Media's celebrity obsession, eh... who's obsession?
Celebrity scandals and the trouble with Bloglines

A few thoughts on mass vs niche media

Following on my previous post: there is, of course, nothing wrong with trying to captivate the greatest possible number viewers/listeners/readers. That is by definition what mass media is supposed to do. But what if the days of mass media are numbered...

In Steve Borris' words: "The power of Old Media was its ability to reach large numbers of relatively undefined prospects through very few channels – terrific if you are a McDonalds’s with everyone as a potential customer. But for all other advertisers, there’s New Media, which has the power to deliver specialized audiences of only the best prospects. 'Segmentation' is the new 'traffic'."

Or, according to Ross Dawson: "Mass media affords no true relationship with the audience. The rapidly eroding value of sending undifferentiated message to millions means that mass media will rapidly fragment, and the majority of content will be distributed through direct, immediate, targeted, interactive channels."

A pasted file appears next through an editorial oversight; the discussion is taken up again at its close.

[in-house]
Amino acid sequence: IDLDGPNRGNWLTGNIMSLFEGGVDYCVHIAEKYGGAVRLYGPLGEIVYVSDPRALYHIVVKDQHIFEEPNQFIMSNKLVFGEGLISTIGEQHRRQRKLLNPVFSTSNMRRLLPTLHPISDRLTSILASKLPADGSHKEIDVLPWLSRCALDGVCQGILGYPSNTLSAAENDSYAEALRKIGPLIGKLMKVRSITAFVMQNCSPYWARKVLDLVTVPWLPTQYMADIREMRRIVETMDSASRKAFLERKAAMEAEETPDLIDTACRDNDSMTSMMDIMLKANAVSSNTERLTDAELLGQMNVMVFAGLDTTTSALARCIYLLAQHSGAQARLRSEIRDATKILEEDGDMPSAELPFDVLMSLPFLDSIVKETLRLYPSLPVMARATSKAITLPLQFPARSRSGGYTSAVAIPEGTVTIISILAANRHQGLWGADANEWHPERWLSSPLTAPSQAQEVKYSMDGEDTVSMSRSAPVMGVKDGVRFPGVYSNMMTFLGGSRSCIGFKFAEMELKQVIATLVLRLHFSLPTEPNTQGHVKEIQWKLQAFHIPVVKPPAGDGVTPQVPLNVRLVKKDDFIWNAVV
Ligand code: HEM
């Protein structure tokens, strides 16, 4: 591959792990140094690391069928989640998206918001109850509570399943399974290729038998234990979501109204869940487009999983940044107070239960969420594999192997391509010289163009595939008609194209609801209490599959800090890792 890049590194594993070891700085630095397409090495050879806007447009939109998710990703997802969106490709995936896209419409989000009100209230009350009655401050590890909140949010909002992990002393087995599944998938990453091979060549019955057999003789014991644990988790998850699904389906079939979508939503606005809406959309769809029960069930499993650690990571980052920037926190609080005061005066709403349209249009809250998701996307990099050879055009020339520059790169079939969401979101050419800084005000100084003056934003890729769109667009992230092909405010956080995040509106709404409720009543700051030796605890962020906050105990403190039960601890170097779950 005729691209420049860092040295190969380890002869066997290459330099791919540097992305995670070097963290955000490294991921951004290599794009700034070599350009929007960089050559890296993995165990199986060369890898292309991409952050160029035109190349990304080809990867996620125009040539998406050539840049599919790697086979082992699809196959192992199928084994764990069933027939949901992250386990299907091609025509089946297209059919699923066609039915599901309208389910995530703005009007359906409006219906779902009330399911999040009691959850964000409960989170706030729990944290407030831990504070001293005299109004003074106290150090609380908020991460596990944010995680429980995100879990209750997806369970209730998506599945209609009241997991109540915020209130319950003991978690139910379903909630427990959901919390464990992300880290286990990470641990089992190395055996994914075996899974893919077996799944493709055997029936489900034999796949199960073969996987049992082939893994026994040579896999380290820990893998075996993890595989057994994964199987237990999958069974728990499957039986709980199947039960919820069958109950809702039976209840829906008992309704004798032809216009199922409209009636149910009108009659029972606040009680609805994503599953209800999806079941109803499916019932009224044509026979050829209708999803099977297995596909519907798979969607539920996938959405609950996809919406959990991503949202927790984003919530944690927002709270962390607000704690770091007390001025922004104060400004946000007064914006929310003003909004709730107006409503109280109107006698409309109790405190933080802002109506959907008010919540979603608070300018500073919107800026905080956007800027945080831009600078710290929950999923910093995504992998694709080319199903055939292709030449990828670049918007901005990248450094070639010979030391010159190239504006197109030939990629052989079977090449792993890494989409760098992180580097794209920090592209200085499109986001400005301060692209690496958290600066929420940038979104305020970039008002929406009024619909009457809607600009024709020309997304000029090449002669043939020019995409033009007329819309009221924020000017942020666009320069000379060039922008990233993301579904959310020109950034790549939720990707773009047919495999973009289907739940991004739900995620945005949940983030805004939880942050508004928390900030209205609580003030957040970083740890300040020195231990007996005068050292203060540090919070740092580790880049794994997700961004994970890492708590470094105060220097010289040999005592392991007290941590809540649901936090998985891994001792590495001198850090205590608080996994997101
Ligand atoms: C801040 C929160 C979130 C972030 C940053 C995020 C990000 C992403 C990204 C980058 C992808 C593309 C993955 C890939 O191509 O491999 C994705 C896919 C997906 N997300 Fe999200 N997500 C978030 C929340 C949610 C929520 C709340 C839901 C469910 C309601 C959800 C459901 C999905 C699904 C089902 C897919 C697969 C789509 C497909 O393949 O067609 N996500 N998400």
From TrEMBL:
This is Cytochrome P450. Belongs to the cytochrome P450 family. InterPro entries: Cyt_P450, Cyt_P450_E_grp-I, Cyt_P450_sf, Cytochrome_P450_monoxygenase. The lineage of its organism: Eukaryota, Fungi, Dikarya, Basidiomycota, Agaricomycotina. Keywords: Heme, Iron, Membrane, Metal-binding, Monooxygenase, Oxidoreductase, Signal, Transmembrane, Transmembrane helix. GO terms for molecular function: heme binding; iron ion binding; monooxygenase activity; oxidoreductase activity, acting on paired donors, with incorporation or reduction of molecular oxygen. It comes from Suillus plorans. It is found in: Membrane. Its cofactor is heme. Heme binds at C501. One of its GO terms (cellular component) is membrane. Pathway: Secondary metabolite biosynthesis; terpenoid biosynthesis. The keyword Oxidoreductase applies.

Both these quotes take advertisement needs as their starting point, but I think a more fundamental reason for the 'fragmentation' we are seeing today, the dawning of the Day of the Longtail if you like, can be found in an intrinsic human need, or to quote Borris again:

"... the biggest reason that blogs like DailyKos will win out is that they fulfill a human need today’s “objective” papers do not. This need was captured best by 19th century French historian Alexis de Tocqueville in his book Democracy in America, in which he marveled at the ability of individual newspapers to attract and organize like-minded citizens into 'Associations,' each representing a different voice. He wrote, 'Newspapers make associations, and associations make newspapers.' Today, DailyKos makes an association. Tomorrow, associations break newspapers."

I think this is especially true in countries where the press see themselves as paragons of objectivity, so more true in countries like Norway, and perhaps the US, than in the UK where the papers have more distinct political and socio-cultural profiles. But then again, if those 'distinct profiles' no longer are seen to reflect the current map of the world, perhaps not ...


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